|Vol. 13 No. 16
AUGUST 6, 2018
by Jonathan Gramling
by Heidi M. Pascual
Columns & Features
Now More than Ever
|AFRICA FEST 2018
AT MCPIKE PARK
I made a major faux pas in the last issue of The Capital City Hues. I referred to the graduate chapter of the Alpha
Kappa Alpha Sorority as the Epsilon Delta Chapter, which is actually the undergraduate chapter at UW-Madison.
The graduate chapter is Kappa Psi Omega. I truly regret this error.
Usually at this time of year, we are experiencing the lazy, hazy days of summer where we try as to think as little as
possible and try to enjoy the out-of-doors, fresh produce and family and friends. Right now, people are focused on
getting those last days of vacation in and are reluctantly preparing for the upcoming school year.
And yet, something important is happening in August, something where we all need to pay attention, get informed
and act. The Democratic and Republican primaries for state government elected positions are being held on August
14th — with absentee voting occurring in Madison Public Libraries and the city clerk’s office all this week with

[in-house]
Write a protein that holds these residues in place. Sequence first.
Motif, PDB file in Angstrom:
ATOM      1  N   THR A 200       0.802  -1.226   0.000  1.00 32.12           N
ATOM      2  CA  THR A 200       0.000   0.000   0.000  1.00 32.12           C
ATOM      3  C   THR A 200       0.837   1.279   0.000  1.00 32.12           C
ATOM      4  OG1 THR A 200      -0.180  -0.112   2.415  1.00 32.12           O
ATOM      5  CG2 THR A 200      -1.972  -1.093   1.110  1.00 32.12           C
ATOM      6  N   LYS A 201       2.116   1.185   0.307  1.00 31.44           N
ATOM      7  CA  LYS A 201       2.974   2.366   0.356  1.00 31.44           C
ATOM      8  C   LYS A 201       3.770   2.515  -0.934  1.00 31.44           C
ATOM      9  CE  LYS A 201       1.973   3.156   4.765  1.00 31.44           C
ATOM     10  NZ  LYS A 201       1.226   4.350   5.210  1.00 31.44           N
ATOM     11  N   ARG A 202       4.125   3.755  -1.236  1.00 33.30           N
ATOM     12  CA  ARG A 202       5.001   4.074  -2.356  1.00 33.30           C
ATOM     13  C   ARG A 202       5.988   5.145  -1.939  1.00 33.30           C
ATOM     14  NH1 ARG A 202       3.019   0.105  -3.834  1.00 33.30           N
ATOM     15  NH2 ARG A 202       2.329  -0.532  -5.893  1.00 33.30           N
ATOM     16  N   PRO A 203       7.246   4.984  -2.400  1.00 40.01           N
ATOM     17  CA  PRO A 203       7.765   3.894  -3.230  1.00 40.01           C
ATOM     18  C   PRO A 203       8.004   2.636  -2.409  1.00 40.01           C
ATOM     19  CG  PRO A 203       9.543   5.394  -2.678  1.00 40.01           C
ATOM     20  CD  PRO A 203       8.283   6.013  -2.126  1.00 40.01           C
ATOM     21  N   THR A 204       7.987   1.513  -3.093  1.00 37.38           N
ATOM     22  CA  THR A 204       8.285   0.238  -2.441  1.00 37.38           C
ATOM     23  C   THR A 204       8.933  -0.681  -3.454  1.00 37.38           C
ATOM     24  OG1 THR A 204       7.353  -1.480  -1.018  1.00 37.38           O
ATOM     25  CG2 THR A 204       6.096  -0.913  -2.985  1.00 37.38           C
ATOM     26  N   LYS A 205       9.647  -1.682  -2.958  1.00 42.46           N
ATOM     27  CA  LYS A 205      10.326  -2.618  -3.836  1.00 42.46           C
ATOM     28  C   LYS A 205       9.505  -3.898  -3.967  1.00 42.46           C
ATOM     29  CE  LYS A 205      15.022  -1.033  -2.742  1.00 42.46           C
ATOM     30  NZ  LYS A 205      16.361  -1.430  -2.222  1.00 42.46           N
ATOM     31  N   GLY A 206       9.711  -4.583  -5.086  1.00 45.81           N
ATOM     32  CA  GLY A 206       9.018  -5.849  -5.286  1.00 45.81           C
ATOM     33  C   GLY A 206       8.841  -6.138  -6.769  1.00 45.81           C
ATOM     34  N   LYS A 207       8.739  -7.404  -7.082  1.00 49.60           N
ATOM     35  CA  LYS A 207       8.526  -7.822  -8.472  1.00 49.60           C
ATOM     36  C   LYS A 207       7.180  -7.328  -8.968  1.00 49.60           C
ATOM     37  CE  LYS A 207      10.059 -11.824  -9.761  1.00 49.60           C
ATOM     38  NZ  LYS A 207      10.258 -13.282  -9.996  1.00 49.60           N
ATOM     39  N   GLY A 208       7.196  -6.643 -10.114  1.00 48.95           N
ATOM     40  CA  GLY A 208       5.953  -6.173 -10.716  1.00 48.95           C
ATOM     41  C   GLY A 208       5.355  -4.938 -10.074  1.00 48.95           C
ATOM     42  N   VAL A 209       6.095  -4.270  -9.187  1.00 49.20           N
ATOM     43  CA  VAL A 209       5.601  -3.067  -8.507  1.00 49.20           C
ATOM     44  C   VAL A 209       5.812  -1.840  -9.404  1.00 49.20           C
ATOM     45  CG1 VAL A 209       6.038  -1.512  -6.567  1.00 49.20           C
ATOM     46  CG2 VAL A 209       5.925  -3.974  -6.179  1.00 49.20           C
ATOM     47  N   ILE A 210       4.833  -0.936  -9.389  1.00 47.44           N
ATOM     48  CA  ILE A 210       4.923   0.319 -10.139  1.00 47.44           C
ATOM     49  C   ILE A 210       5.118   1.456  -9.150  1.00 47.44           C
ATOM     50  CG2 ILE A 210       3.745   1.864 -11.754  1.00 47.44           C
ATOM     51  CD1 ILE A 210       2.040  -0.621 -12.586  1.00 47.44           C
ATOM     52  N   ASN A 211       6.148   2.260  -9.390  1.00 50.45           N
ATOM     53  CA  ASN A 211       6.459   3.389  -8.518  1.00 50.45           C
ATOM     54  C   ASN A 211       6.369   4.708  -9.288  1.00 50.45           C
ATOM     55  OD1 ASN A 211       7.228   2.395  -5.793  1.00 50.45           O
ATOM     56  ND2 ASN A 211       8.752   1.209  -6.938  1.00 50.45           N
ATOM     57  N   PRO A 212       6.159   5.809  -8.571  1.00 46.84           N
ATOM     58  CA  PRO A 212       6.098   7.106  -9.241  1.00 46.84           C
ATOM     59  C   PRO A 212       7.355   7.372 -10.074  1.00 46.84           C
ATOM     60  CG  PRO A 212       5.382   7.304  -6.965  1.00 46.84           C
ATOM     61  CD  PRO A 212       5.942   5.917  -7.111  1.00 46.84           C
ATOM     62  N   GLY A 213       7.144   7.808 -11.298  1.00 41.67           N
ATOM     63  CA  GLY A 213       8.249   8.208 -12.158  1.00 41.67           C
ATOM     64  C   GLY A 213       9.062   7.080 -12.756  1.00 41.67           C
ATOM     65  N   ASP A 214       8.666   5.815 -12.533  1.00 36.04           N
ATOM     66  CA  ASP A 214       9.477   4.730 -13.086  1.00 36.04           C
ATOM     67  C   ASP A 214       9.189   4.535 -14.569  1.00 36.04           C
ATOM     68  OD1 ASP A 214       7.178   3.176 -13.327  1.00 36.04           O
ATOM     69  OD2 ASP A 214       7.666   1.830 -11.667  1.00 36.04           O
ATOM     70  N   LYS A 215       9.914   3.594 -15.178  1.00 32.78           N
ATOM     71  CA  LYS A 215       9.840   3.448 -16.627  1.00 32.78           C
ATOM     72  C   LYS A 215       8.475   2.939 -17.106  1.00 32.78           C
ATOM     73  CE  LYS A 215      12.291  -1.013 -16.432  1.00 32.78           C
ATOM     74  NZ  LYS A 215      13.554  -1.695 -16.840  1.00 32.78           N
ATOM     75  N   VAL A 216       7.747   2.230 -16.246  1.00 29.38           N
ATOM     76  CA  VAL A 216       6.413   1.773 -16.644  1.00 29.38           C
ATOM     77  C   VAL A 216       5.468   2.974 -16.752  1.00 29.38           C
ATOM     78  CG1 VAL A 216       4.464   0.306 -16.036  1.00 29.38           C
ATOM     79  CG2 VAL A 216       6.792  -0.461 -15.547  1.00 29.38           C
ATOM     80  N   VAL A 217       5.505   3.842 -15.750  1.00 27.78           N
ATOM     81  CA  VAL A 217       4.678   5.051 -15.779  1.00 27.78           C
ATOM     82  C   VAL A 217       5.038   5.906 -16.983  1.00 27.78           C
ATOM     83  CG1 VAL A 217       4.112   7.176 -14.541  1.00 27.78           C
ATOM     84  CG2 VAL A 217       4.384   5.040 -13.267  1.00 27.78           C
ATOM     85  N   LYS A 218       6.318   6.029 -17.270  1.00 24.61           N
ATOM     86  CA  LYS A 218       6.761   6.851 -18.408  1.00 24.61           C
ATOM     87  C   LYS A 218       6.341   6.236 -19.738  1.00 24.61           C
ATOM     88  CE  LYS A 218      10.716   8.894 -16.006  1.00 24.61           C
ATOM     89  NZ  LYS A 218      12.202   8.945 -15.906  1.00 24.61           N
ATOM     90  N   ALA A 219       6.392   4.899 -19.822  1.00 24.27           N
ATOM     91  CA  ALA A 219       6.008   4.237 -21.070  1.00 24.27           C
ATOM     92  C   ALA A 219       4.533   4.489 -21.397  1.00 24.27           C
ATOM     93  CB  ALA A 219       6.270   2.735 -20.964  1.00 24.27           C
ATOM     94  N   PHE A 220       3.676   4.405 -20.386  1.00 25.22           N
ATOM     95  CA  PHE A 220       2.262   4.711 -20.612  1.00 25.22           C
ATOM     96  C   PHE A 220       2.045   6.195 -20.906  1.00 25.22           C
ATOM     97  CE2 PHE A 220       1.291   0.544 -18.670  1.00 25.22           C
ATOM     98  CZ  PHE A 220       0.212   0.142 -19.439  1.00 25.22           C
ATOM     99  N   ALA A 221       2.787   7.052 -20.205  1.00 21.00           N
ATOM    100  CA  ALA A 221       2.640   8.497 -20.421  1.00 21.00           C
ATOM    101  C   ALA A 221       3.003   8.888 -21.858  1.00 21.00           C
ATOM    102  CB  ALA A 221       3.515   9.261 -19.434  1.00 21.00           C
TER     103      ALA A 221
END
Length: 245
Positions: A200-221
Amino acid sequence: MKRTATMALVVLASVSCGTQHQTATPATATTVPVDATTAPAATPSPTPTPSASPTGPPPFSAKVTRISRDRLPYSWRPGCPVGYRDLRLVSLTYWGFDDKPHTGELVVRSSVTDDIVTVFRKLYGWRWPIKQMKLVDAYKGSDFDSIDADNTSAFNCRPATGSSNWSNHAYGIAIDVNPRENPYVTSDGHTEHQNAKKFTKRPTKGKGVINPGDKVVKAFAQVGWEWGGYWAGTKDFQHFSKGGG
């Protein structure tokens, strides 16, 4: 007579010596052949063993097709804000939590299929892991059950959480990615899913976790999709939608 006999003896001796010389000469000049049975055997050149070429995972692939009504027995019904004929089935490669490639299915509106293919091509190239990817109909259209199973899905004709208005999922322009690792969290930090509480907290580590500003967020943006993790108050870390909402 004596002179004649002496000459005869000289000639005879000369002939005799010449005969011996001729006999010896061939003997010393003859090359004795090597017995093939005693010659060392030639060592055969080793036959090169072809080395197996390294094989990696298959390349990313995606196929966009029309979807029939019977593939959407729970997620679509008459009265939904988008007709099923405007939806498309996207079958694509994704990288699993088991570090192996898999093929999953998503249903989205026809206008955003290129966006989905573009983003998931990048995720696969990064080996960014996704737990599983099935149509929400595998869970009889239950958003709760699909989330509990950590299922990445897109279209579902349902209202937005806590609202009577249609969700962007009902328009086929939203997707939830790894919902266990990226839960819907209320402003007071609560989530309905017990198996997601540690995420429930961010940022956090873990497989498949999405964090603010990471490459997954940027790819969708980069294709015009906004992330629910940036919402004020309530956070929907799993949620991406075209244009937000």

city clerk’s office even open on Saturday to allow you to vote.
Now statewide, according to Dane County Clerk Scott McDonnell, only 20 percent of registered voters are
expected to vote on August 14th, only one out of five voters. What this means to me is that when I vote, my vote
is actually counting for me and for four other voters who didn’t show up to the polls. Suddenly I am the
spokesperson for five voters and no one elected me to the position.
These are important positions that are up for the voters to decide upon. There are elections for governor, lieutenant
governor, secretary of state and state treasurer as well as races for state senate and state representative. There are
also primaries for the Democratic and Republican nominees for U.S. Senator and U.S. Representative for the
Second District. There are elections for all kinds of folks who will be making important decisions about our lives
over the next 2-6 years, depending on their term of office.
Isn’t that too important to be left up to someone else? What if you are for candidate A running for governor, but
you don’t vote and then someone else votes for Candidate B? In essence, their vote counts for you as well, making
it more likely that Candidate B will win the election. Don’t you want to speak for yourself?
And there is a lot to be decided this election. We have a number of candidates up for election. In the Democratic
gubernatorial primary, we have Madison’s own Mahlon Mitchell, the head of the state firefighter’s organization.
Mahon is one of eight candidates vying for the nomination.
For secretary of state, we have Arvina Martin running for the Democratic nomination. She is a member of the Ho
Chunk nation, a longtime political activist and a Madison alder. I like her idea of making the secretary of state’s
office into a bully pulpit to encourage citizen participation and fairness in elections. -- READ MORE